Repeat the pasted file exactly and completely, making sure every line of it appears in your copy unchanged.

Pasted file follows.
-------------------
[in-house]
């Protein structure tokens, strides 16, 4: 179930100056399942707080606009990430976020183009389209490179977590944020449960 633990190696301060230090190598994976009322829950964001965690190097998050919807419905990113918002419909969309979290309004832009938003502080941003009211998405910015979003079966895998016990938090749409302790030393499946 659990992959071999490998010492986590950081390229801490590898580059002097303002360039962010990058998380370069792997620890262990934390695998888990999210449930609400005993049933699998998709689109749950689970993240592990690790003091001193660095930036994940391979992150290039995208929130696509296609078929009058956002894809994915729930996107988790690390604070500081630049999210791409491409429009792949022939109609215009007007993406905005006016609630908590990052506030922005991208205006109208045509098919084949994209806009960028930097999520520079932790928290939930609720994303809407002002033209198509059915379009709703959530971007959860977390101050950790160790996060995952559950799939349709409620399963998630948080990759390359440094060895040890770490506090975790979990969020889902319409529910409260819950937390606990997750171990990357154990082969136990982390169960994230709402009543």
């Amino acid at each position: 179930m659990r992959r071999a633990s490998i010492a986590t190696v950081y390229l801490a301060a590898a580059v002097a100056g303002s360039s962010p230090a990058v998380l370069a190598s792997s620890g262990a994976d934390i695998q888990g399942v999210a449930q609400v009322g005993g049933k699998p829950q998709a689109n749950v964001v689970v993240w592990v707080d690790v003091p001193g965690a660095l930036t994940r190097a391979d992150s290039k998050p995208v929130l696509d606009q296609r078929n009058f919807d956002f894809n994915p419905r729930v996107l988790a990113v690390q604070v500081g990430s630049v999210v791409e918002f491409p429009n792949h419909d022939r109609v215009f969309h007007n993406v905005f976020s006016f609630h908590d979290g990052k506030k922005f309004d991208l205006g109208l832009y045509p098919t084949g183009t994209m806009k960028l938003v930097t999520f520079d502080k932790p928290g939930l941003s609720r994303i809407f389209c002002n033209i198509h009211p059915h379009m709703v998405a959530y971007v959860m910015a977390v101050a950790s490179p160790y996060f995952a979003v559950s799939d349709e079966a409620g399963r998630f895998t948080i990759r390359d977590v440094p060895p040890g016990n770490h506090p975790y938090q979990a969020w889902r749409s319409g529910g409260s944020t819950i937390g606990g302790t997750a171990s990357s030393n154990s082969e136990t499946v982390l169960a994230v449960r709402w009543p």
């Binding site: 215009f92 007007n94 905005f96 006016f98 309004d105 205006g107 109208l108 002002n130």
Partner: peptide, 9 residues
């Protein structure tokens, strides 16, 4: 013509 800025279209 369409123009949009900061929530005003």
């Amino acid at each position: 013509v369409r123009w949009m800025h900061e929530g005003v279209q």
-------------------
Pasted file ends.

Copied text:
[in-house]
């Protein structure tokens, strides 16, 4: 179930100056399942707080606009990430976020183009389209490179977590944020449960 633990190696301060230090190598994976009322829950964001965690190097998050919807419905990113918002419909969309979290309004832009938003502080941003009211998405910015979003079966895998016990938090749409302790030393499946 659990992959071999490998010492986590950081390229801490590898580059002097303002360039962010990058998380370069792997620890262990934390695998888990999210449930609400005993049933699998998709689109749950689970993240592990690790003091001193660095930036994940391979992150290039995208929130696509296609078929009058956002894809994915729930996107988790690390604070500081630049999210791409491409429009792949022939109609215009007007993406905005006016609630908590990052506030922005991208205006109208045509098919084949994209806009960028930097999520520079932790928290939930609720994303809407002002033209198509059915379009709703959530971007959860977390101050950790160790996060995952559950799939349709409620399963998630948080990759390359440094060895040890770490506090975790979990969020889902319409529910409260819950937390606990997750171990990357154990082969136990982390169960994230709402009543």
């Amino acid at each position: 179930m659990r992959r071999a633990s490998i010492a986590t190696v950081y390229l801490a301060a590898a580059v002097a100056g303002s360039s962010p230090a990058v998380l370069a190598s792997s620890g262990a994976d934390i695998q888990g399942v999210a449930q609400v009322g005993g049933k699998p829950q998709a689109n749950v964001v689970v993240w592990v707080d690790v003091p001193g965690a660095l930036t994940r190097a391979d992150s290039k998050p995208v929130l696509d606009q296609r078929n009058f919807d956002f894809n994915p419905r729930v996107l988790a990113v690390q604070v500081g990430s630049v999210v791409e918002f491409p429009n792949h419909d022939r109609v215009f969309h007007n993406v905005f976020s006016f609630h908590d979290g990052k506030k922005f309004d991208l205006g109208l832009y045509p098919t084949g183009t994209m806009k960028l938003v930097t999520f520079d502080k932790p928290g939930l941003s609720r994303i809407f389209c002002n033209i198509h009211p059915h379009m709703v998405a959530y971007v959860m910015a977390v101050a950790s490179p160790y996060f995952a979003v559950s799939d349709e079966a409620g399963r998630f895998t948080i990759r390359d977590v440094p060895p040890g016990n770490h506090p975790y938090q979990a969020w889902r749409s319409g529910g409260s944020t819950i937390g606990g302790t997750a171990s990357s030393n154990s082969e136990t499946v982390l169960a994230v449960r709402w009543p």
């Binding site: 215009f92 007007n94 905005f96 006016f98 309004d105 205006g107 109208l108 002002n130």
Partner: peptide, 9 residues
């Protein structure tokens, strides 16, 4: 013509 800025279209 369409123009949009900061929530005003």
């Amino acid at each position: 013509v369409r123009w949009m800025h900061e929530g005003v279209q």